In recent years, when it’s come time to hire for a high-profile position in North Dakota’s state government, our public servants have increasingly turned to expensive private consultants.
These firms conduct national searches and return to the decision makers a list of candidates.
This is an expensive process, and it’s success are inconsistent at best.
The search which resulted in the hire of outgoing University of North Dakota President Mark Kennedy cost taxpayers nearly $140,000, or more than $46,000 for each year he actually held that position (years, in retrospect, he seems to have mostly spent looking for jobs elsewhere).
Former NDUS Chancellor Hamid Shirvani was also hired after big money was spent to a private consulting firm. He lasted less than a year. North Dakota taxpayers had to pony up some $925,000 to make him go away.
Here’s the list of the search candidates for some of the most recent hires in the North Dakota University System:
- UND, 2016 – $139,907
- North Dakota University System chancellor, 2015 – $83,943
- Dickinson State University, 2015 – $85,221
- Valley City State University, 2014 – $82,078
- Minot State University, 2013 – $87,759
- Lake Region State College, 2012 – $78,962
Not every hire made through this process has been bad, but the process is expensive, and the batting average isn’t great.
So why keep doing it?
That’s what State Board of Higher Education member Dan Traynor is arguing, even as leadership in the state university system pushes forward with the same-old-same-old process:
While the head of the North Dakota University System and the leader of the State Board of Higher Education map out the search process to replace outgoing UND President Mark Kennedy, at least one member would like the board to try a slightly different route.
In an email addressed to NDUS Chancellor Mark Hagerott on May 7, SBHE member Dan Traynor said he had read news reports regarding the procedure for selecting a new UND president. Traynor said he was “not entirely comfortable with the idea of hiring an interim for a year and proceeding with yet another search.”
He argues that contracting with expensive, out-of-state consultants with little feel for the realities of living and working in North Dakota is a bad way to hire:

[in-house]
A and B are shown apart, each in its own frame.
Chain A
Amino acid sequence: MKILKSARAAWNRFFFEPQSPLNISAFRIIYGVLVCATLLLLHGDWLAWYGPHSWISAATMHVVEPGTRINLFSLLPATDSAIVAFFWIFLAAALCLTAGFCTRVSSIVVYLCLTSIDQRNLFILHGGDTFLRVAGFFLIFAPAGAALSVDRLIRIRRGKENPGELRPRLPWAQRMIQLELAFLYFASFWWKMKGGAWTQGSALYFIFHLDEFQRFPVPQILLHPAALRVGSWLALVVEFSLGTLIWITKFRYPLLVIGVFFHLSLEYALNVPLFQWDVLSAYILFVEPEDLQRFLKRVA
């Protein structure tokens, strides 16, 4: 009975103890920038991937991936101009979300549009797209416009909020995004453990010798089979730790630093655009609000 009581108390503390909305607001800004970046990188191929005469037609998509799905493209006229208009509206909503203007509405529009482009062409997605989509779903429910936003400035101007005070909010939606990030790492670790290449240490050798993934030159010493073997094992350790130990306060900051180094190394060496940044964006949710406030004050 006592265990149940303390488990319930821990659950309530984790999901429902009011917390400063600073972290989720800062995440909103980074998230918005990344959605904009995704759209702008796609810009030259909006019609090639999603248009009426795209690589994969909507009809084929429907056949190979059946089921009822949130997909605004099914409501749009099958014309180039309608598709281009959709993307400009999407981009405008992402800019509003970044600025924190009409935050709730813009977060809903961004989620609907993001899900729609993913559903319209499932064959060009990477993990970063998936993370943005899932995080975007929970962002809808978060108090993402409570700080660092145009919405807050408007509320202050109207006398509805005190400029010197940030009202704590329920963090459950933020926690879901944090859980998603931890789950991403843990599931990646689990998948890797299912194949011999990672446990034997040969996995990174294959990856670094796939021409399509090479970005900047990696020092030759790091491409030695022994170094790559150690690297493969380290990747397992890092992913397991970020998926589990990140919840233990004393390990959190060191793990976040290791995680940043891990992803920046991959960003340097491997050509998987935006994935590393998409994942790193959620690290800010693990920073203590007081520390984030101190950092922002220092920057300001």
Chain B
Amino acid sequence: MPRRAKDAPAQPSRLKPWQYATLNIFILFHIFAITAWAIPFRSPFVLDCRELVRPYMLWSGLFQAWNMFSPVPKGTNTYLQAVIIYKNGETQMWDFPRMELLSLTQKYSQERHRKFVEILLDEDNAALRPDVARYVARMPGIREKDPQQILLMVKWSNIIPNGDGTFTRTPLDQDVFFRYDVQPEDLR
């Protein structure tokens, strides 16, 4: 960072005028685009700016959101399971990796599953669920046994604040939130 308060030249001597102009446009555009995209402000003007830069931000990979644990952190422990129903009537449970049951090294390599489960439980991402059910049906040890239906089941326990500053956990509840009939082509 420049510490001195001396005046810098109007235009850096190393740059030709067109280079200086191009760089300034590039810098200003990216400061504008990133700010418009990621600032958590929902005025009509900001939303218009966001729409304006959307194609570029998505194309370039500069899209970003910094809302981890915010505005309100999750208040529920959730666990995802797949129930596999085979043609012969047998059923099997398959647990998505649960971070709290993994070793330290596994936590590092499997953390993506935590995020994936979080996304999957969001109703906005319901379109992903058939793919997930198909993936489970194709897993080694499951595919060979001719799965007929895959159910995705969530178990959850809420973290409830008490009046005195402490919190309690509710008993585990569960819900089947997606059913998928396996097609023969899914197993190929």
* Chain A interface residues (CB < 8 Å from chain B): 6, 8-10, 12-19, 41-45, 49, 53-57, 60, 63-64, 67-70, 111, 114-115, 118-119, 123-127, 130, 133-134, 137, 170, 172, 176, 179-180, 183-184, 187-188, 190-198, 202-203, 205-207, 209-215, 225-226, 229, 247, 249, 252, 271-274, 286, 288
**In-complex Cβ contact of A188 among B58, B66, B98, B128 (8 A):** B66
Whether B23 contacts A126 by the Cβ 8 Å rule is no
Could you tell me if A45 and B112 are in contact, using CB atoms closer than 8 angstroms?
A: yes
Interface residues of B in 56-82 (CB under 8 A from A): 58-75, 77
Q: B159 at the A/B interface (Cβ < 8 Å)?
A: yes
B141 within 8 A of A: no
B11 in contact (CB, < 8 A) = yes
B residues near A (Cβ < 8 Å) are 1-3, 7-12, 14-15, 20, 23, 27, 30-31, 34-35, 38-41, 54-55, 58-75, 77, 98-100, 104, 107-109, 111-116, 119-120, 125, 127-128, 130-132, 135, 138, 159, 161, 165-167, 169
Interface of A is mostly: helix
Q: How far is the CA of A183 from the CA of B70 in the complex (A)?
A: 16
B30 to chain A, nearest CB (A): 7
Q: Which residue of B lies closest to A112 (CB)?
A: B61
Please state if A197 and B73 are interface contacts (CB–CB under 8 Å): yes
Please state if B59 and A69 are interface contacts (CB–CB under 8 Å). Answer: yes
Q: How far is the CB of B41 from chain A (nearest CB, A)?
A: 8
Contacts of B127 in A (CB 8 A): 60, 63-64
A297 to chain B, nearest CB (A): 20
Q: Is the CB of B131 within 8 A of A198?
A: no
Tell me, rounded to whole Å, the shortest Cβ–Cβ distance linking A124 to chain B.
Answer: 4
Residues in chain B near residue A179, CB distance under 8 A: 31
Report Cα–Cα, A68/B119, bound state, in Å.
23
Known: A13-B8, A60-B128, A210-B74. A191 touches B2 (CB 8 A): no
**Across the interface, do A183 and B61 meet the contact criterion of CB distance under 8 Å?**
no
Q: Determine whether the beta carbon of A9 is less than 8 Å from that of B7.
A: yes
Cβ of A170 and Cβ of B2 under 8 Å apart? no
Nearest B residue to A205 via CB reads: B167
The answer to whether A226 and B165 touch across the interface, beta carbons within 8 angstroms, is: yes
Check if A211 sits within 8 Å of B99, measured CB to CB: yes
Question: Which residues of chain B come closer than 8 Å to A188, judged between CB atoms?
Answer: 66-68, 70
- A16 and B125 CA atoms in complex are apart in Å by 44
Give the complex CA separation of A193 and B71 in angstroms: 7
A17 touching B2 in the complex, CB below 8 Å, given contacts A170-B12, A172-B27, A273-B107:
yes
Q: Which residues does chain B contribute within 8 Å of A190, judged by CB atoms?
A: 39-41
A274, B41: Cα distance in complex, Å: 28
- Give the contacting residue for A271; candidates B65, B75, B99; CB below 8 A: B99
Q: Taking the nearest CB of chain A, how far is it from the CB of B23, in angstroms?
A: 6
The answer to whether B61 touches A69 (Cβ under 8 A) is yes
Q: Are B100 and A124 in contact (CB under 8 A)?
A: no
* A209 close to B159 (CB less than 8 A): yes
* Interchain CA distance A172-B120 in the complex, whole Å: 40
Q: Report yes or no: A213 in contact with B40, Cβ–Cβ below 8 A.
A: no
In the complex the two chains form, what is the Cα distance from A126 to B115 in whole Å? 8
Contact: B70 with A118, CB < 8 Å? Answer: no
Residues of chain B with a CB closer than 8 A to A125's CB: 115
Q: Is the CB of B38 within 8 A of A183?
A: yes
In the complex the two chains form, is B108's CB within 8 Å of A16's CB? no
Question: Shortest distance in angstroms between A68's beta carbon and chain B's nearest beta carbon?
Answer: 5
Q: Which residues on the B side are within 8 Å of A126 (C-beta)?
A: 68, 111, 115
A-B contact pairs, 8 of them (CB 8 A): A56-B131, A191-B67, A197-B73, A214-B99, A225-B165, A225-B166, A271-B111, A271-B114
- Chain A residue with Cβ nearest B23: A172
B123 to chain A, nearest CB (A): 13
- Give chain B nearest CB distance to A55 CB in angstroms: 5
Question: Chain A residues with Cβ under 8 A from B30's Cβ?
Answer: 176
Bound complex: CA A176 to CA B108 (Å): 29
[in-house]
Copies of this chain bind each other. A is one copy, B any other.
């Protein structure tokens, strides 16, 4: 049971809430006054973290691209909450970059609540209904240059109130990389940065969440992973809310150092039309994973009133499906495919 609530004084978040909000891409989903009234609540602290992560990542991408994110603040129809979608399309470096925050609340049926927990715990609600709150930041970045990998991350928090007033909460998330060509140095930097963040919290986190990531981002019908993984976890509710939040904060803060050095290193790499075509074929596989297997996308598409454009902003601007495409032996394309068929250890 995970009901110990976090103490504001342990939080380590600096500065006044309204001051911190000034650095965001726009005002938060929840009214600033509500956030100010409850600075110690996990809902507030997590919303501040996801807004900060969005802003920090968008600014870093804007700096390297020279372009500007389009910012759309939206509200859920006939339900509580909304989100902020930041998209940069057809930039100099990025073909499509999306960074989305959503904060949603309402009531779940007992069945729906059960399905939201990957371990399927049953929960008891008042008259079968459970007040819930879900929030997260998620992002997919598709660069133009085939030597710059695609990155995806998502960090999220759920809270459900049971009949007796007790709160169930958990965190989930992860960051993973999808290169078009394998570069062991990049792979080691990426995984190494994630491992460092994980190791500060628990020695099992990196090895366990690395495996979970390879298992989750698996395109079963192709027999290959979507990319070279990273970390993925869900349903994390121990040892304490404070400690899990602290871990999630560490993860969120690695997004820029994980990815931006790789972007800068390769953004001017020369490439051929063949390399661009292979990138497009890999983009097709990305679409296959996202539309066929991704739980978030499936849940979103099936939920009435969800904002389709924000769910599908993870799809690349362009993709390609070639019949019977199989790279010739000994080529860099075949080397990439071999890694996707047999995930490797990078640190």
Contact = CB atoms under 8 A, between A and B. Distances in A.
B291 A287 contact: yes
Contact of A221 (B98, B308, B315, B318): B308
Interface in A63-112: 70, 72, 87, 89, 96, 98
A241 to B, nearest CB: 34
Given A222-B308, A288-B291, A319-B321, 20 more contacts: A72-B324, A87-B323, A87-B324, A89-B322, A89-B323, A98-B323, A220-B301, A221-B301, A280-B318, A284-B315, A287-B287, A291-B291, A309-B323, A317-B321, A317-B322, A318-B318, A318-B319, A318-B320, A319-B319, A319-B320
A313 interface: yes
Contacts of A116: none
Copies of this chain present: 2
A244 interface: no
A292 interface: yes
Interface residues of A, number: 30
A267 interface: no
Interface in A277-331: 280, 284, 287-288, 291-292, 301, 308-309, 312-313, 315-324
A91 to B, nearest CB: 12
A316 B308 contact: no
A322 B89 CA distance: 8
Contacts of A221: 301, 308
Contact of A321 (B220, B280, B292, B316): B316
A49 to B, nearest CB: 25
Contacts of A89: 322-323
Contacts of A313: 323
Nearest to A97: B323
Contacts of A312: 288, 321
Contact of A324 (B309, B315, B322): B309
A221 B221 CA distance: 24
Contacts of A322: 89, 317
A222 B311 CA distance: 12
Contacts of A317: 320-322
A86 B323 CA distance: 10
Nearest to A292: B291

Traynor, who has been on the board for about a year and was not part of the 2016 presidential search, said in emails that he understands “several of the identified locally-connected candidates did not pursue the position because of the rigmarole associated with the whole search process” in 2016. He also was told the 2016 search cost around $100,000.
Traynor’s email goes on to state he is “concerned that the nationwide search firms with whom the NDUS has arrangements have little or no connection to the state of North Dakota.” He notes that there are at least two firms located in Bismarck that perform executive searches and wondered if there are other firms elsewhere in the state. Traynor said those firms need to be considered for any and all searches for NDUS institutions.
Traynor said the “repeated process of short-term presidents” followed by another search is “harmful” to the state’s flagship institution.
“After years of short-term presidents, I think UND needs some stability,” he wrote. “Keep in mind that the campus mood has been on edge for several years as the current president was known as a ‘looker’ and has been using UND as a stepping stone. I believe a more North Dakota-centric search will result in a pool of finalists that have a connection to the state or the university and will be much more likely to stay on the job.”
Even Traynor is underestimating the cost. He says here he thinks the hiring process for Kennedy cost around $100,000. It was actually nearly $140,000.
Again, why keep doing this?
Don’t we have qualified people already working in the North Dakota University System, or in state government, or living in the state, who can help us find a new leader for UND? People who won’t cost us the proverbial arm and leg? People with some skin in the game when it comes to ensuring that whoever we hire sticks around and does a good job?